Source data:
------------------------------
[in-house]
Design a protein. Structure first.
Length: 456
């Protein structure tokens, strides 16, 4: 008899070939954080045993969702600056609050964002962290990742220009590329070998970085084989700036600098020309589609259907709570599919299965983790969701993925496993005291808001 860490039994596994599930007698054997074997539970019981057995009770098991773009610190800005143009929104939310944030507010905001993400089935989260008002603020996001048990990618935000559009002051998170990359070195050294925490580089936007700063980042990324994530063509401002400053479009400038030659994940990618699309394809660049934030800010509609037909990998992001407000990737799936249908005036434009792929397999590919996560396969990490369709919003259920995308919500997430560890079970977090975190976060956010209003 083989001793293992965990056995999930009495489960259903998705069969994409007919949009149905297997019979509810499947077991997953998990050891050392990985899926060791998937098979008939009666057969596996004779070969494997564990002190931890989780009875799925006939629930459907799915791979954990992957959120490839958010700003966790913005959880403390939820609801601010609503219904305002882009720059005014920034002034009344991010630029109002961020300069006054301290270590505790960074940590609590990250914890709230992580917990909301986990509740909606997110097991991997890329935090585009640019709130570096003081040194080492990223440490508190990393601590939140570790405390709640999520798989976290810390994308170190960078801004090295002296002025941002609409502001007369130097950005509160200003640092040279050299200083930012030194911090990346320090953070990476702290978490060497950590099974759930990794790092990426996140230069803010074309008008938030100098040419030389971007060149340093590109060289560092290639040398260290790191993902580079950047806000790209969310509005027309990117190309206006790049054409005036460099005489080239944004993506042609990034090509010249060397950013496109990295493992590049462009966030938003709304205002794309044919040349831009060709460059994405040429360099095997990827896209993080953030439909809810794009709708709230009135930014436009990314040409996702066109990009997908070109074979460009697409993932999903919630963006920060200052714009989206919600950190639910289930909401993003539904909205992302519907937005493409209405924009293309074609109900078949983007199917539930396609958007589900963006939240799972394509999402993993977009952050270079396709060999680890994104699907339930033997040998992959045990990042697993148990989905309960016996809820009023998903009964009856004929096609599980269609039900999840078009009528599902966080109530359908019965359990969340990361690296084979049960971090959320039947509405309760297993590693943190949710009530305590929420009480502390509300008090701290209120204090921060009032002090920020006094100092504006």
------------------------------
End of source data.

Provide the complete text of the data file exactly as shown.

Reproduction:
[in-house]
Design a protein. Structure first.
Length: 456
């Protein structure tokens, strides 16, 4: 008899070939954080045993969702600056609050964002962290990742220009590329070998970085084989700036600098020309589609259907709570599919299965983790969701993925496993005291808001 860490039994596994599930007698054997074997539970019981057995009770098991773009610190800005143009929104939310944030507010905001993400089935989260008002603020996001048990990618935000559009002051998170990359070195050294925490580089936007700063980042990324994530063509401002400053479009400038030659994940990618699309394809660049934030800010509609037909990998992001407000990737799936249908005036434009792929397999590919996560396969990490369709919003259920995308919500997430560890079970977090975190976060956010209003 083989001793293992965990056995999930009495489960259903998705069969994409007919949009149905297997019979509810499947077991997953998990050891050392990985899926060791998937098979008939009666057969596996004779070969494997564990002190931890989780009875799925006939629930459907799915791979954990992957959120490839958010700003966790913005959880403390939820609801601010609503219904305002882009720059005014920034002034009344991010630029109002961020300069006054301290270590505790960074940590609590990250914890709230992580917990909301986990509740909606997110097991991997890329935090585009640019709130570096003081040194080492990223440490508190990393601590939140570790405390709640999520798989976290810390994308170190960078801004090295002296002025941002609409502001007369130097950005509160200003640092040279050299200083930012030194911090990346320090953070990476702290978490060497950590099974759930990794790092990426996140230069803010074309008008938030100098040419030389971007060149340093590109060289560092290639040398260290790191993902580079950047806000790209969310509005027309990117190309206006790049054409005036460099005489080239944004993506042609990034090509010249060397950013496109990295493992590049462009966030938003709304205002794309044919040349831009060709460059994405040429360099095997990827896209993080953030439909809810794009709708709230009135930014436009990314040409996702066109990009997908070109074979460009697409993932999903919630963006920060200052714009989206919600950190639910289930909401993003539904909205992302519907937005493409209405924009293309074609109900078949983007199917539930396609958007589900963006939240799972394509999402993993977009952050270079396709060999680890994104699907339930033997040998992959045990990042697993148990989905309960016996809820009023998903009964009856004929096609599980269609039900999840078009009528599902966080109530359908019965359990969340990361690296084979049960971090959320039947509405309760297993590693943190949710009530305590929420009480502390509300008090701290209120204090921060009032002090920020006094100092504006």